Facebook’s Area 404: New hardware lab for the future. In IT Blogwatch, we search for the answers.
So what exactly is Area 404? Aaron Mamiit gives us some background:
Located…in the main campus of Facebook’s headquarters
Facebook has opened Area 404…a new 22,000-square-foot laboratory…located…in the main campus of Facebook’s headquarters…The lab is where Facebook is planning to carry out fast prototyping and modeling of its new hardware products and their components.
Area 404 will focus on…Facebook’s solar drones, including the internet-providing Aquila, internet-beaming lasers, virtual reality headsets such as the Oculus Rift and next-generation servers.
This…lab is…outfitted with state-of-the-art machine tools
But what was the impetus behind Facebook building the lab? Mikal Greaves and Spencer Burns tell us from Facebook’s perspective:
Early on at Facebook..we opened individual hardware labs to support new teams…Today we have hardware labs all over the world…but…we started to see that when engineers from different teams came together and shared their expertise, we could make even faster progress on the projects they were working on…We wanted to create more opportunities for these teams to come together…So we built one.
This…lab is…outfitted with state-of-the-art machine tools and test equipment…we can now handle the majority of our modeling, prototyping, and failure analysis in-house, decreasing each iteration of the development cycle from weeks to days.
Facebook wants as many people as possible…to be able to log into Facebook at the same time
Are you still wondering why Facebook would need a lab like this, though? Martyn Williams shares an example:
Project Aries is a wireless base station that can serve 24 client devices at the same time. The idea is…more data can be sent at higher speeds to more phones, making better use of radio spectrum. Facebook cares about this because it wants as many people as possible…to be able to log into Facebook at the same time. Hardware like this all has to be designed and prototyped somewhere.
Now let’s finally get to the important stuff — why is it called Area 404? Brandon Bailey has the pertinent info:
The lab is dubbed Area 404…playing off the “error 404” message internet users see when they try to visit a web page that can’t be found. Facebook…engineers had long talked about wanting such a workspace, but it couldn’t be found because it didn’t exist until now.
The 22,000-square-foot site will be devoted to the company’s decade-long vision
Facebook is offering the first extensive look inside its huge new hardware lab housed within its Menlo Park HQ in California. The 22,000-square-foot site will be devoted to the company’s decade-long vision for a connected world.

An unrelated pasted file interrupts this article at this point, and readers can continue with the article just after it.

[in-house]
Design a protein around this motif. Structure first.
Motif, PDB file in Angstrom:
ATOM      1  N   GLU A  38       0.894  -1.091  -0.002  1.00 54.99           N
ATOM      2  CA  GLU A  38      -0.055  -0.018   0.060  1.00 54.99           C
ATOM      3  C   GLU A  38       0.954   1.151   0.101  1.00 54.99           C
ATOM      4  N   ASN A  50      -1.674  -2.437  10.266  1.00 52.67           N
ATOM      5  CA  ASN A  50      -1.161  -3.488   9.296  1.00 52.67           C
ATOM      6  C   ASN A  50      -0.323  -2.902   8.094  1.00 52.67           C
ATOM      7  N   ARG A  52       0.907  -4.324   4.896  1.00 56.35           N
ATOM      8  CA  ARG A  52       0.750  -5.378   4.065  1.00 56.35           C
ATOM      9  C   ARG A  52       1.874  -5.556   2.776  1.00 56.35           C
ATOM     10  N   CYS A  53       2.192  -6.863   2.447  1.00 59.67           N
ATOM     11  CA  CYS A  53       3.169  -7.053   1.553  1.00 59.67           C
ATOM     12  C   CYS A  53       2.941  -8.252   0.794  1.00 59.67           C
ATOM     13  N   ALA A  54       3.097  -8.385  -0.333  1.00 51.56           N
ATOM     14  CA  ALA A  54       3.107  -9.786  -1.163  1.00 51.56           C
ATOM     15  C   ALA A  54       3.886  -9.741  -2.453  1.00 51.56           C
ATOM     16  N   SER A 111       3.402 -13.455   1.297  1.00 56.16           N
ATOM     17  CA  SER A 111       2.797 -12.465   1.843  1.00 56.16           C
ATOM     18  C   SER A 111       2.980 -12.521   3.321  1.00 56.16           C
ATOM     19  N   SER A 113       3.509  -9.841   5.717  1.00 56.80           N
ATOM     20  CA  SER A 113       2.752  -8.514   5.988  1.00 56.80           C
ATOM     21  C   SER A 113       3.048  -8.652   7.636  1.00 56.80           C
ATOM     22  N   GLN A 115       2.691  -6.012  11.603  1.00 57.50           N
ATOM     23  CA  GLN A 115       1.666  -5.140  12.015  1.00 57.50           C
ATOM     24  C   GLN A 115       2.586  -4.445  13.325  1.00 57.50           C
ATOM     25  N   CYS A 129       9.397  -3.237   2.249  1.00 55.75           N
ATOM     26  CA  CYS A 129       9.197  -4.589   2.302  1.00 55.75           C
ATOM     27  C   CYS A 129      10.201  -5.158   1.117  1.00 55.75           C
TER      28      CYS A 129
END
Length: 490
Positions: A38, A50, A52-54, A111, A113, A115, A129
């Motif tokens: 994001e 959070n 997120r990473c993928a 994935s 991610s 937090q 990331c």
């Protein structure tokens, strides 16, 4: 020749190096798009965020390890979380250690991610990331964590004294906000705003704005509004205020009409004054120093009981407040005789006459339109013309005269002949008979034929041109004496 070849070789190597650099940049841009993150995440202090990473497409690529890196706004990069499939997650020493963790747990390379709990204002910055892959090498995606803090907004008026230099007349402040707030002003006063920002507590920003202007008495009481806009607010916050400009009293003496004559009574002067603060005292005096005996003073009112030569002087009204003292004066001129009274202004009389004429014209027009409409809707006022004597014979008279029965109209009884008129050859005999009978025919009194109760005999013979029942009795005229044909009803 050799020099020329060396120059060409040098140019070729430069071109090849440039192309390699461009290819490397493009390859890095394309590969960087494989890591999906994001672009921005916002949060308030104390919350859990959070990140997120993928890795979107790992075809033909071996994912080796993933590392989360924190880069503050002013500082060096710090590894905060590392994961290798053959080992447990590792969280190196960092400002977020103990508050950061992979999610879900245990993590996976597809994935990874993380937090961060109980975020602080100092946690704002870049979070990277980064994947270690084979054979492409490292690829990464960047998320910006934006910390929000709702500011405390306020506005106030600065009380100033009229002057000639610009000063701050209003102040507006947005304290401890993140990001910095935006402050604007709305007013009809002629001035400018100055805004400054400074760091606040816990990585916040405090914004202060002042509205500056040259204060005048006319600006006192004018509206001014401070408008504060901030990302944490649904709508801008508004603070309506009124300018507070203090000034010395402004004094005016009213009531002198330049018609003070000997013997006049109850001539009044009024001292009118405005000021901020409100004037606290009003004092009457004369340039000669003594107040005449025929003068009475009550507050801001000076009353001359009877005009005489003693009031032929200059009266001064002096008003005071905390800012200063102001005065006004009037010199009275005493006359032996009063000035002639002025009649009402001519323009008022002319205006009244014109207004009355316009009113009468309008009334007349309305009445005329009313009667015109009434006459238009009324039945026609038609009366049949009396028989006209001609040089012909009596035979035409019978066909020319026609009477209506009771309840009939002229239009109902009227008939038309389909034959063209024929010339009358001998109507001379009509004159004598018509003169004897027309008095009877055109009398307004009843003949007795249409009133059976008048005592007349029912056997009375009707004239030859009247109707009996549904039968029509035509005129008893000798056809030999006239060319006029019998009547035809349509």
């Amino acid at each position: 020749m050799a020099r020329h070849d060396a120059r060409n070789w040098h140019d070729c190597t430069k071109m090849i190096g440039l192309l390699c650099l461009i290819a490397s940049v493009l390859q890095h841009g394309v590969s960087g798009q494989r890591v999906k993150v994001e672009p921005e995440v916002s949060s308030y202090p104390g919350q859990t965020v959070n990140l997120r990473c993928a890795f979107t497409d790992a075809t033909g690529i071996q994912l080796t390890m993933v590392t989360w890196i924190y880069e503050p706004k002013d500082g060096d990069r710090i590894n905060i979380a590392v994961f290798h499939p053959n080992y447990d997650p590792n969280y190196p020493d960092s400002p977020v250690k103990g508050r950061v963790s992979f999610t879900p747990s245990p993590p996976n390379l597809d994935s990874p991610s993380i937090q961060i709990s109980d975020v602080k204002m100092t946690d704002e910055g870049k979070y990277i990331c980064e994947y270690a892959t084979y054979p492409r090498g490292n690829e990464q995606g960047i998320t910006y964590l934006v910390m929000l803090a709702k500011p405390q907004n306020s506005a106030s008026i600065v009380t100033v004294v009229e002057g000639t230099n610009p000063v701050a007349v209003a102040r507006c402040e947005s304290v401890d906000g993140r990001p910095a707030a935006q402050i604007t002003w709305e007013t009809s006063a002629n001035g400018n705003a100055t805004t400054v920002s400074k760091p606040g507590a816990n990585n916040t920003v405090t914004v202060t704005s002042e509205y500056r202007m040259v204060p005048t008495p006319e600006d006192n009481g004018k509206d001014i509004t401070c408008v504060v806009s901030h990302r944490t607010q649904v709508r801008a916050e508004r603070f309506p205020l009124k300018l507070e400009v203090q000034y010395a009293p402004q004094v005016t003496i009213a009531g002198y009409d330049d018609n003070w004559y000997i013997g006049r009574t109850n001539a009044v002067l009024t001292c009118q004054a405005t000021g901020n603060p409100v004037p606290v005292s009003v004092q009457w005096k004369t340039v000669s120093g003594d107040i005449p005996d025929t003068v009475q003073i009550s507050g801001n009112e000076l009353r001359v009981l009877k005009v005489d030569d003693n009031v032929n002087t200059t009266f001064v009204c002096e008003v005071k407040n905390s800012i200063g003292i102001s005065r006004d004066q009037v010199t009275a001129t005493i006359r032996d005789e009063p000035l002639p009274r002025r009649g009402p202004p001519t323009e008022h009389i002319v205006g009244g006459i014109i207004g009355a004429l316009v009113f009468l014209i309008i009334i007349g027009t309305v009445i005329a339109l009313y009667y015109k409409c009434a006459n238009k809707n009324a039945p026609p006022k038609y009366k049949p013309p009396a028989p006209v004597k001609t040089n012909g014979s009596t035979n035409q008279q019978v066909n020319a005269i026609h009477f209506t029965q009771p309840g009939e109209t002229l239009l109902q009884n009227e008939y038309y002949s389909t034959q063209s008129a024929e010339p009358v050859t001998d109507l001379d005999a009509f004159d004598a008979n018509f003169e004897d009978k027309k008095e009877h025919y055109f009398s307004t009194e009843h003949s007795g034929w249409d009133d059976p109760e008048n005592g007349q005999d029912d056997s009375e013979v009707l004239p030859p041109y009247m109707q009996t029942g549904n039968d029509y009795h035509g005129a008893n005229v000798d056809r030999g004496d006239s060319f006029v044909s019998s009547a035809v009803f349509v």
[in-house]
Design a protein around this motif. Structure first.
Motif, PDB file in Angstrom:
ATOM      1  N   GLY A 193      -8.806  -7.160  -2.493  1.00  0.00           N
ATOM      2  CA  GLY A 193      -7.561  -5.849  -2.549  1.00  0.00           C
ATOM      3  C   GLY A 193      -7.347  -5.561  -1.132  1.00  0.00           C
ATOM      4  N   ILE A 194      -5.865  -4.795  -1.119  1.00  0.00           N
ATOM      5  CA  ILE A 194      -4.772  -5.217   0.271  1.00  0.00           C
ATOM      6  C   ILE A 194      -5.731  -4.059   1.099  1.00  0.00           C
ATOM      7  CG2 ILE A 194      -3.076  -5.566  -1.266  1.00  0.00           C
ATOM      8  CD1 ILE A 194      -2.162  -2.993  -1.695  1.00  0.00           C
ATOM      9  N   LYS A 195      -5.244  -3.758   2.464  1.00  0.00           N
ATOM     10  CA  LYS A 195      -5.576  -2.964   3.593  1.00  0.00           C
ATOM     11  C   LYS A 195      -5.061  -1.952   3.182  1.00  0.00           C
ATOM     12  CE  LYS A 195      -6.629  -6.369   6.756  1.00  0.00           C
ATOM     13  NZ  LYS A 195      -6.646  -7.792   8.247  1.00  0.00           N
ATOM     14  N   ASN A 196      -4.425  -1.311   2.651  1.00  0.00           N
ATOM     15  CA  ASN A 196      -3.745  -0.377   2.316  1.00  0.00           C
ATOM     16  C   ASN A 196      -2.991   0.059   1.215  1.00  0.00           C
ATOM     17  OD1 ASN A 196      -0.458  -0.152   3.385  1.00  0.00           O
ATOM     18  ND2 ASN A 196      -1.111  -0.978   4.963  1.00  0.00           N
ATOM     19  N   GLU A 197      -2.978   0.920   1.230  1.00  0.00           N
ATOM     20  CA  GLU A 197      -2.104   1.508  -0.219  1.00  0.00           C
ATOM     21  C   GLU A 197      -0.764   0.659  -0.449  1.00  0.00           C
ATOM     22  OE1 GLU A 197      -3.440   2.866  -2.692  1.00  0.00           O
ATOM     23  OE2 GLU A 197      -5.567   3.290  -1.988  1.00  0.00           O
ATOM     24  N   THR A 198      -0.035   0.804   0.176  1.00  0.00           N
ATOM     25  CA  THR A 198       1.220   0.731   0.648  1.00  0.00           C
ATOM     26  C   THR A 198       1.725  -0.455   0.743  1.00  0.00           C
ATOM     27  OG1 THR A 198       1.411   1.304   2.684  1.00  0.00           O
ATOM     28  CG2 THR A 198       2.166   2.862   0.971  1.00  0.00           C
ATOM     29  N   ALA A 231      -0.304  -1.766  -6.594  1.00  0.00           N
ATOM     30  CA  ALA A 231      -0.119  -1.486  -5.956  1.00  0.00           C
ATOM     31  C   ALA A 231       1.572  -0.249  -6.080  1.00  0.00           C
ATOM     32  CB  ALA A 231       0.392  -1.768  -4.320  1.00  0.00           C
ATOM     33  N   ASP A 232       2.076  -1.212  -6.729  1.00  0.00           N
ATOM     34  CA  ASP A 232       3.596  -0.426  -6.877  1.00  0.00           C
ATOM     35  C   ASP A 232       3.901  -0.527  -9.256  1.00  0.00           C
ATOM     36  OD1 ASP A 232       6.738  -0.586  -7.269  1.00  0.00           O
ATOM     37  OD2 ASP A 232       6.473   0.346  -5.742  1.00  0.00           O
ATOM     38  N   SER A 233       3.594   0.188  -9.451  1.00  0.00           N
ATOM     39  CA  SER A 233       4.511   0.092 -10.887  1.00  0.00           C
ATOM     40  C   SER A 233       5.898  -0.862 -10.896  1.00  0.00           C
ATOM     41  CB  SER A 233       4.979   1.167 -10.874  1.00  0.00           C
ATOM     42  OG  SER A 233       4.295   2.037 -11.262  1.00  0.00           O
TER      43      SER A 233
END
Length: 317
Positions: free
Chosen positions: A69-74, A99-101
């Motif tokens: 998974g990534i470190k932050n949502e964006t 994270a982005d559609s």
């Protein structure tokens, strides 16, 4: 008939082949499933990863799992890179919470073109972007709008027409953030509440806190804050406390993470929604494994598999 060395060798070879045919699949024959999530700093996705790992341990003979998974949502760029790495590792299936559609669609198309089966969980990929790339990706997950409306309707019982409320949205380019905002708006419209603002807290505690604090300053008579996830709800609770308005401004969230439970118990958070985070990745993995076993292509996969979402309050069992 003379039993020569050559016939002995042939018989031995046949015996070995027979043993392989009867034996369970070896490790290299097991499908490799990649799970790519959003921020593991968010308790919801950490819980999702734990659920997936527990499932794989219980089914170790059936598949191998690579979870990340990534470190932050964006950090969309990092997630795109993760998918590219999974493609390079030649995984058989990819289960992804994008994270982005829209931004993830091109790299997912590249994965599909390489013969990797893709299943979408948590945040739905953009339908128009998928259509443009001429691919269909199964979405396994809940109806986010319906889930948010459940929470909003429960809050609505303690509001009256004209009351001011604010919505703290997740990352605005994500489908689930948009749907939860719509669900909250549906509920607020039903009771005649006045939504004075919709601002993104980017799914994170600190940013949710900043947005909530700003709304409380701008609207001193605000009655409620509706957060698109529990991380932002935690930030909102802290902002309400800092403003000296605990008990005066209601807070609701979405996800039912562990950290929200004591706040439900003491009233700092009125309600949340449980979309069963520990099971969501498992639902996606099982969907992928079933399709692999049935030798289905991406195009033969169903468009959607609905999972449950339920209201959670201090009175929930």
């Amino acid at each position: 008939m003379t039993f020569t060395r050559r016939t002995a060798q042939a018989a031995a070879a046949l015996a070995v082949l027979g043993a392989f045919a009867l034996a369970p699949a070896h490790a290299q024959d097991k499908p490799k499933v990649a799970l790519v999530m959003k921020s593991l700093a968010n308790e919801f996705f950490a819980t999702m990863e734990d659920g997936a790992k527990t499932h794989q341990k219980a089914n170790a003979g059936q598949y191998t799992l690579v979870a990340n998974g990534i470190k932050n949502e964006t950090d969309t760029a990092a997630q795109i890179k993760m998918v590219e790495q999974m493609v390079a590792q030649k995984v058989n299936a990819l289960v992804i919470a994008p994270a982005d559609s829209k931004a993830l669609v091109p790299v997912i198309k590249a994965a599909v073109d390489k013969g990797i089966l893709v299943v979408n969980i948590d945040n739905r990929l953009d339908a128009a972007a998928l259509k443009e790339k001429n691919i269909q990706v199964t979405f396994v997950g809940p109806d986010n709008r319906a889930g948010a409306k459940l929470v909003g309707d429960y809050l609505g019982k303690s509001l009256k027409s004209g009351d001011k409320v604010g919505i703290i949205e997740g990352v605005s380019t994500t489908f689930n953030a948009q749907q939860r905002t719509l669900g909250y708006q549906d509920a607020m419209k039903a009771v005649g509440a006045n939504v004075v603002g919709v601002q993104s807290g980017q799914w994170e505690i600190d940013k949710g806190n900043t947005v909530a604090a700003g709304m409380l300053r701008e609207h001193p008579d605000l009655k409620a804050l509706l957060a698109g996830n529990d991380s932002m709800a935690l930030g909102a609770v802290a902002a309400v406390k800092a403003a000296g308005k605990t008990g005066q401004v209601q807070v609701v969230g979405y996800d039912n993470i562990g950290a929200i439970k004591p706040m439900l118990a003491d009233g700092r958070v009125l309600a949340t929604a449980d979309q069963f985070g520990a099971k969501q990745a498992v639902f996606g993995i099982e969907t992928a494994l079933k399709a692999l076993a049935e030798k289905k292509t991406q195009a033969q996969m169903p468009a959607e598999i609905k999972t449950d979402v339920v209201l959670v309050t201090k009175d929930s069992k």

Facebook founder and CEO Mark Zuckerberg laid out his firm’s ten-year roadmap at its F8 Developer Conference in April. Beyond social media, his ambitious plans include providing internet to the world, and pouring more resources into virtual reality (VR) and artificial intelligence.
The new hardware lab will bring together engineers, experts, and employees from Facebook’s disparate departments (who have, until now, been housed in their own team labs) with the aim of sharing proficiency to boost productivity.
Area 404, as it is known, will see members of Facebook’s Connectivity Lab, Oculus, Building 8 (a top-secret R&D wing headed by former DARPA director Regina Dugan), and infrastructure teams collaborate on projects in the same space.
Due to its focus on hardware, Area 404 has been decked out with state-of-the-art machinery. Its inhabitants will have at their disposal an electron microscope and CT scanner that can produce 3D, X-ray images, a 5-axis vertical milling machine, capable of producing large, complex geometry, and a powerful 5-axis water jet that can cut through thick sheets of aluminium, steel, and granite.
The tools will be used on Facebook’s biggest projects, including its OpenCellular device, aimed at bringing mobile connectivity to the developing world. Research and development for the company’s internet-delivering drone Aquila will also take place inside Area 404. Additionally, Facebook intends to use the site to build new VR hardware for Oculus, and its 360-degree camera. The software on both OpenCellular and Facebook Surround 360 may be open-sourced, but the hardware will be built internally.
“We needed a big, open space to complement our custom labs,” states Spencer Burns, a CNC model maker at Facebook. “So we built one, and we call it Area 404 — named for our teams wanting a space just like this one, but one wasn’t found; now it’s found, and we lovingly refer to the space as Area 404.” / Read more: http://www.digitaltrends.com/cool-tech/facebook-area-404-hardware-lab/#ixzz4GNnSM6fR
Facebook’s Silicon Valley headquarters
If you’re wondering why Facebook needs a hardware lab, here’s an example. Project Aries is a wireless base station that can serve 24 client devices at the same time. The idea is that more data can be sent at higher speeds to more phones, making better use of radio spectrum. Facebook cares about this because it wants as many people as possible in a given area to be able to log into Facebook at the same time. Hardware like this all has to be designed and prototyped somewhere.
Things just got bigger for Facebook
Half the size of a freaking football field, the lab was constructed by removing the floor of the building to incorporate the giant-ass apparatus that will change the very face of technology in the coming years.
From building Oculus to solar-powered airplanes, Zuckerberg’s looking at one hell of a decade.
The lab has a 5-axis water jet so powerful it can cut through both steel and granite! There’s more…
The lab also houses an electron microscope and a CT scanner that will help engineers get a good peak into failure analysis.
Here’s to a magnificent future that awaits us all!